Emerging Fremantle Dockers star Andrew Brayshaw says Ross Lyon will do a great job at Carlton, if he gets the vacant Blues coaching position.
- Andrew Brayshaw says Ross Lyon could take Carlton to “really high places”
- The 21-year old says Adam Cerra’s departure is a big blow to the clubs midfield
- Brayshaw became the equal second-youngest winner of the Geoff Christian Medal
Lyon has been heavily linked with Carlton, following the sacking of David Teague on Thursday.
“Ross was a great coach when he was at Freo,” Brayshaw told ABC Perth’s SportsTalk program.
“In my first two years, the growth that I had was mostly put towards Ross.
“I definitely think he would give it a red hot crack, and could take them to really high places.
Lyon is the favourite for the vacant role, with Blues president Luke Sayers telling SEN he had spoken with the former Saint Kilda coach.
“What I can tell you is I did have a conversation with Ross,” Sayers said.
“Ross is excited to put his hat in the ring once we figure out whatever is the process to move forward at the Carlton footy club.”
Lyon expressed an interest in the job before Teague was sacked, and has also turned down an invitation to interview for the vacant Collingwood role.
Speaking on Channel 9, Lyon said he had spoken to Collingwood general manager of football Graham Wright.
“Graham reached out to a friend to get my number … I said respectfully I wouldn’t entertain that for a variety of reasons,” he said.
“I think there’s instability, I think it’s the father-sons, I think Nathan’s (Buckley) a bit unlucky.”
“Ultimately I think successful clubs … have got alignment of where they’re at and where they’re going, and if you see misalignment it’s a red flag.”
Lyon coached Fremantle in 184 AFL games from 2012 to 2019, winning 96 of those, and leading them to a grand final and a minor premiership.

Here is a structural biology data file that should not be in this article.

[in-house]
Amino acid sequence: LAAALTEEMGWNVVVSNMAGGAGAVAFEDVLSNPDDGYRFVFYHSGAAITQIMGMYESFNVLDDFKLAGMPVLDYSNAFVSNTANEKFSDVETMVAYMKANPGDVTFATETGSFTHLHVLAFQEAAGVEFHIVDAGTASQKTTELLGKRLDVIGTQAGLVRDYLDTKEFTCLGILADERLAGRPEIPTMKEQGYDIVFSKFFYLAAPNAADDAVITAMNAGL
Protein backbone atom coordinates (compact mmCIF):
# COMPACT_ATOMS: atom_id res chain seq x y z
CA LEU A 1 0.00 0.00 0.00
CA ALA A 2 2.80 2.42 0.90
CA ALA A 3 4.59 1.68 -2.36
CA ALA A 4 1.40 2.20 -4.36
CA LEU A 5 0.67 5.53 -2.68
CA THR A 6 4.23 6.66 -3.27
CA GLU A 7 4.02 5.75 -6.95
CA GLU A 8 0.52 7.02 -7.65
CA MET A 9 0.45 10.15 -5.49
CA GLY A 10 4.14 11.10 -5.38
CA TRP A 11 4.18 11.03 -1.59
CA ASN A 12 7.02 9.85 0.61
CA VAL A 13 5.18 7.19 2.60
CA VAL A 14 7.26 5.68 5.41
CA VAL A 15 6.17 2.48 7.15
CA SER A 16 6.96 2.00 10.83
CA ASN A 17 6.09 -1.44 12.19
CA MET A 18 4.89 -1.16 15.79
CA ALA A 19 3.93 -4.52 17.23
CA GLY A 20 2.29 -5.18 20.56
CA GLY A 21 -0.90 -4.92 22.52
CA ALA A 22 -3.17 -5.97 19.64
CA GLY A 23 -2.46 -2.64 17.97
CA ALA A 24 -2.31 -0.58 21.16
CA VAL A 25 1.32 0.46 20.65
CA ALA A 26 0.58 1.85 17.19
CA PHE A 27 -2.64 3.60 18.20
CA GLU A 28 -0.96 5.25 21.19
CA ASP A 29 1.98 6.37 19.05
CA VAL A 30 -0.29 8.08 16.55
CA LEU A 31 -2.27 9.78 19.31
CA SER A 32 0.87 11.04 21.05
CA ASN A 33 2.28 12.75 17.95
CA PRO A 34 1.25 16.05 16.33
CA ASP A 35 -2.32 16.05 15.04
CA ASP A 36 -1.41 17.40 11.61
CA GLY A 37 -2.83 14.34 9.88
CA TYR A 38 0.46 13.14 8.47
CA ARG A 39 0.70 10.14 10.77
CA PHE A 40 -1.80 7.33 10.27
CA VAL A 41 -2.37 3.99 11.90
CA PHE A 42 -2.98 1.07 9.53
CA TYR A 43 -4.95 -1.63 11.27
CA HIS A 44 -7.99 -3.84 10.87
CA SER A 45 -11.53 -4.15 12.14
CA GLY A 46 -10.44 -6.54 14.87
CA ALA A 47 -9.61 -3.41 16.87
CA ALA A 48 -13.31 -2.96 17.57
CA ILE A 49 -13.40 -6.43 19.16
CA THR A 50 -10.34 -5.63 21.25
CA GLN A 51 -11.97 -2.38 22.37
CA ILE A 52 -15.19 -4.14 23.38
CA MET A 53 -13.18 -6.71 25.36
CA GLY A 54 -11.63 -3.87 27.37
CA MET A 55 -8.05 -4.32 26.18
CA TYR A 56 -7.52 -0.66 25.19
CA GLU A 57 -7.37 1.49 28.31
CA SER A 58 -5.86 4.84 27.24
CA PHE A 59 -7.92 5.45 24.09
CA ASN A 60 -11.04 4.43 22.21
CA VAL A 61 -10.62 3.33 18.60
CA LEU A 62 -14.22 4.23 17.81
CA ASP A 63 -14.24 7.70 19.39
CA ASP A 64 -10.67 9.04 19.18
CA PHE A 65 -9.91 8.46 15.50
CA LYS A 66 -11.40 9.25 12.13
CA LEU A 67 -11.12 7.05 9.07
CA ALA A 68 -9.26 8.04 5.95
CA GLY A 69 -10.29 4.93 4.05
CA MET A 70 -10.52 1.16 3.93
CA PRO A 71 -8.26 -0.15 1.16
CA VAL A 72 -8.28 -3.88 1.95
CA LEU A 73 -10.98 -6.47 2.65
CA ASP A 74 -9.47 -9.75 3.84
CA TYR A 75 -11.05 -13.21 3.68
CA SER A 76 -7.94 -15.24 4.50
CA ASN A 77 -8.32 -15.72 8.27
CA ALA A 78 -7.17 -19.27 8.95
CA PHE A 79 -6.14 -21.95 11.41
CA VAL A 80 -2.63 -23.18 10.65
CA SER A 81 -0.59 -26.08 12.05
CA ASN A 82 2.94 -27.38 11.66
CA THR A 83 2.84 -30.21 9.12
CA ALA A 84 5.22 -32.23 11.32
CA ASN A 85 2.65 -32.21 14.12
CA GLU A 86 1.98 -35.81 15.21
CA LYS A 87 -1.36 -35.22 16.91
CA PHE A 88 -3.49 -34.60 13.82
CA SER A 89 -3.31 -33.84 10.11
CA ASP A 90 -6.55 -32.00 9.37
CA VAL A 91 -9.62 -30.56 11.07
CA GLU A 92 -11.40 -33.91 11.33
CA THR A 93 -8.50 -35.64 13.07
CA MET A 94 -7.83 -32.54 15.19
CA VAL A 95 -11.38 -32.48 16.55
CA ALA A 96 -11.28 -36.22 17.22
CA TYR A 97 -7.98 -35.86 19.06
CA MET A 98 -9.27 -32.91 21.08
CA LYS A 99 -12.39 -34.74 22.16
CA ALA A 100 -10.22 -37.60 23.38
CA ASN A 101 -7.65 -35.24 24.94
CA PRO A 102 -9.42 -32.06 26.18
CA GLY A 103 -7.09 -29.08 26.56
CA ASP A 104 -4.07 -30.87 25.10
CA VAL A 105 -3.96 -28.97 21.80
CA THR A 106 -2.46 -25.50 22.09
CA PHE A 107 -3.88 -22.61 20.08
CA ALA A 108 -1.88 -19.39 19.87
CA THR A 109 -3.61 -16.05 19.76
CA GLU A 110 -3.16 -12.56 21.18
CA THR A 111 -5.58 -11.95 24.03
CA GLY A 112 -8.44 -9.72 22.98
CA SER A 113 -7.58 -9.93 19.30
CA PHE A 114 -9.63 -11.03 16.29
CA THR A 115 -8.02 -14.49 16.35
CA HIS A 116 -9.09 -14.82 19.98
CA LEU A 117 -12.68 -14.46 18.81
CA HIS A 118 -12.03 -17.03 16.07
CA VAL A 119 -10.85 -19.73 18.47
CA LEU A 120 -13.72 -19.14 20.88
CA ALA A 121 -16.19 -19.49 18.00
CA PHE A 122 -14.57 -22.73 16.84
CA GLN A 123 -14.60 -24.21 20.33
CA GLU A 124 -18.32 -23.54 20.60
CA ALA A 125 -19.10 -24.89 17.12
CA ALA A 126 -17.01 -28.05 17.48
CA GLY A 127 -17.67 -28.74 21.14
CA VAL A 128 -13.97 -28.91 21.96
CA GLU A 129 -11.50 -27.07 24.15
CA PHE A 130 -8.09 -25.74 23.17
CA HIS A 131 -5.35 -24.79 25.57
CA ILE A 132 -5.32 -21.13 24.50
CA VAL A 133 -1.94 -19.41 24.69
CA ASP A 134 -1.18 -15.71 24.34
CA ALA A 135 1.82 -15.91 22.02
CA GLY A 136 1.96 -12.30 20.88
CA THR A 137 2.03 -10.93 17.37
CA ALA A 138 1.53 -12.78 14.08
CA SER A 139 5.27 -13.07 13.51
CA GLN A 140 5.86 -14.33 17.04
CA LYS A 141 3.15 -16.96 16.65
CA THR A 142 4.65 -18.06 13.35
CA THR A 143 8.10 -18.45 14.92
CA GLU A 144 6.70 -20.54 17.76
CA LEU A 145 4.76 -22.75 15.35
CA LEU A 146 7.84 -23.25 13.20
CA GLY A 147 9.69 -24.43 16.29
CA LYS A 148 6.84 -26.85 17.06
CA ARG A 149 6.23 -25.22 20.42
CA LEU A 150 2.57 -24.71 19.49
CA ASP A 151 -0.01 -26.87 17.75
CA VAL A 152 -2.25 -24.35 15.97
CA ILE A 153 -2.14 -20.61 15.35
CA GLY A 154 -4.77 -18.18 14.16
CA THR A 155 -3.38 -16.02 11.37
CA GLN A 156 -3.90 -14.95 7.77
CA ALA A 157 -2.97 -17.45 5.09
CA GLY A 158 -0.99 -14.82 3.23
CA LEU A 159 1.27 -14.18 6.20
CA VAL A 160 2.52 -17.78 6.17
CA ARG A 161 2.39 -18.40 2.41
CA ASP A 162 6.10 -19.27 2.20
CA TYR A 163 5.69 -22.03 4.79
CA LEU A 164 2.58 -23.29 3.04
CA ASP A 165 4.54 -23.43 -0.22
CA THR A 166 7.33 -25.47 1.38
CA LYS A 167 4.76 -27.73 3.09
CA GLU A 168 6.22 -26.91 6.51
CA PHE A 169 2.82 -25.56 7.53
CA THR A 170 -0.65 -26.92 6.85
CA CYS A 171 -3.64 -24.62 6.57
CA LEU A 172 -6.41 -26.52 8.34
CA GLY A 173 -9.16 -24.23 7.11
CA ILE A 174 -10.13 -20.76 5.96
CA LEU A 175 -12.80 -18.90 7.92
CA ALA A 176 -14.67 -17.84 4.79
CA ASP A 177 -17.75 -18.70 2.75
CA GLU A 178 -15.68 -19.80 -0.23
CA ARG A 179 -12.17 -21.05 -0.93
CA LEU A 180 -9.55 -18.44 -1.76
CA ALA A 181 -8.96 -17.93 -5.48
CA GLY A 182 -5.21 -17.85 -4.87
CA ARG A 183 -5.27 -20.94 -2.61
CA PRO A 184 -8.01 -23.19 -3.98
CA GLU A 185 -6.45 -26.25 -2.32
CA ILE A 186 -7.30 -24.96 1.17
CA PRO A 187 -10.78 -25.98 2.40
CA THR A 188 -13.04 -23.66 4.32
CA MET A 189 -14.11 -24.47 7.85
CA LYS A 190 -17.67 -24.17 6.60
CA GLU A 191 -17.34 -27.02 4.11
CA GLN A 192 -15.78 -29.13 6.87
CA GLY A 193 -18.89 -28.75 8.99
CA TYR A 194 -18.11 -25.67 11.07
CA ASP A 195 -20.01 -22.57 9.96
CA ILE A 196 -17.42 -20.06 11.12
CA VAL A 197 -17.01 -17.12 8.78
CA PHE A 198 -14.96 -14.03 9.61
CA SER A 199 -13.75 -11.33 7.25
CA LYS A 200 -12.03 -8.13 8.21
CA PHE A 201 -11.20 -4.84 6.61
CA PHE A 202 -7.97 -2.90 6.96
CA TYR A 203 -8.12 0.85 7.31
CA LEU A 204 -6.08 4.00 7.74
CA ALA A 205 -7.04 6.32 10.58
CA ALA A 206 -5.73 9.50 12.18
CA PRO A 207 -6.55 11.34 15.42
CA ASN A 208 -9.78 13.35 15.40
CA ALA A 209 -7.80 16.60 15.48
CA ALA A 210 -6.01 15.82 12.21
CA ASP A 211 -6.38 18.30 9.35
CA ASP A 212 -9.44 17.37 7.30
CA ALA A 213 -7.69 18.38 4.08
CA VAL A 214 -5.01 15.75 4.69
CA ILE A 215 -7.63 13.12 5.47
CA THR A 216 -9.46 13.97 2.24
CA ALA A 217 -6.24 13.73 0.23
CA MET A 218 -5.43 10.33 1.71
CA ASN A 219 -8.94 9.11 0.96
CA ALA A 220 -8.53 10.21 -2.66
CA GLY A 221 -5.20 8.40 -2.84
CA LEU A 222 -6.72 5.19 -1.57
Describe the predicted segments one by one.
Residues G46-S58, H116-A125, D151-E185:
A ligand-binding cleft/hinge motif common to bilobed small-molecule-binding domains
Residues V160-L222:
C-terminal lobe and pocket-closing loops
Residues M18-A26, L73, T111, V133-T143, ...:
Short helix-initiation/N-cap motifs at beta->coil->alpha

He was sacked with one round remaining in 2019, after missing finals for a fourth straight season.
Brayshaw sad to see Cerra go
Carlton is the favourite to land want-away Fremantle midfielder Adam Cerra, after he requested a trade to Melbourne for family reasons.
Cerra and Brayshaw were drafted together in 2017, and formed key components of the Dockers midfield this year, along with captain Nat Fyfe and veteran David Mundy, and the AFL Coaches Association’s best young player Caleb Serong.
“Its disappointing to see that Cez (Cerra) has requested a trade, not only as a player, but yeah, one of my really close mates,” he said.
“He took another step forward this year, was an integral part of our midfield, and provided us a lot of class on the outside.
“There’s going to be a big gap to fill.
“He was a massive part of our engine room this season.”
In 18 games this season, Cerra averaged 23 disposals, 3.5 clearances and five inside 50s.
Brayshaw joins elite company
Brayshaw’s outstanding season for the Dockers was rewarded with his first Geoff Christian Medal, which is awarded to the best performed Fremantle or West Coast player as judged by the ABC’s Grandstand AFL experts.
The 21-year-old is the joint second youngest winner of the award, alongside Fyfe, while Paul Haselby was 19 when he first won the award.
Brayshaw received votes in 12 games and grabbed the maximum 3 votes in six of those outings to finish with 30 votes, well clear of veteran teammate David Mundy (22 votes) and West Coast midfielder Dom Sheed (19).
“This season for me was another step forward,” he said.
“This is the first time we’ve been fighting it out towards the end of the season since I’ve been here, so really happy with the season.”
Brayshaw averaged more than 28 disposals per game, and just under four clearances and five tackles, across his 20 matches this year.
He said increased responsibility had allowed him to play more consistently as a midfielder.
“In previous years I’ve probably played other roles outside of probably inside mids, then slipping out onto a wing, going forward for a little bit, and probably struggled to really cement my spot as an inside midfielder,” Brayshaw said.
“I think I was given a fair opportunity in there to really sort of stamp my authority and have that consistency of of playing in that same role every week.”
The medal was established in recognition of Geoff Christian, a valued member of ABC Radio’s Sports Talk program for a period of 14 years prior to his death in November 1998.
Christian served as chief football writer of The West Australian newspaper from 1961 to 1998 and was posthumously inducted into the Australian Football Hall of Fame.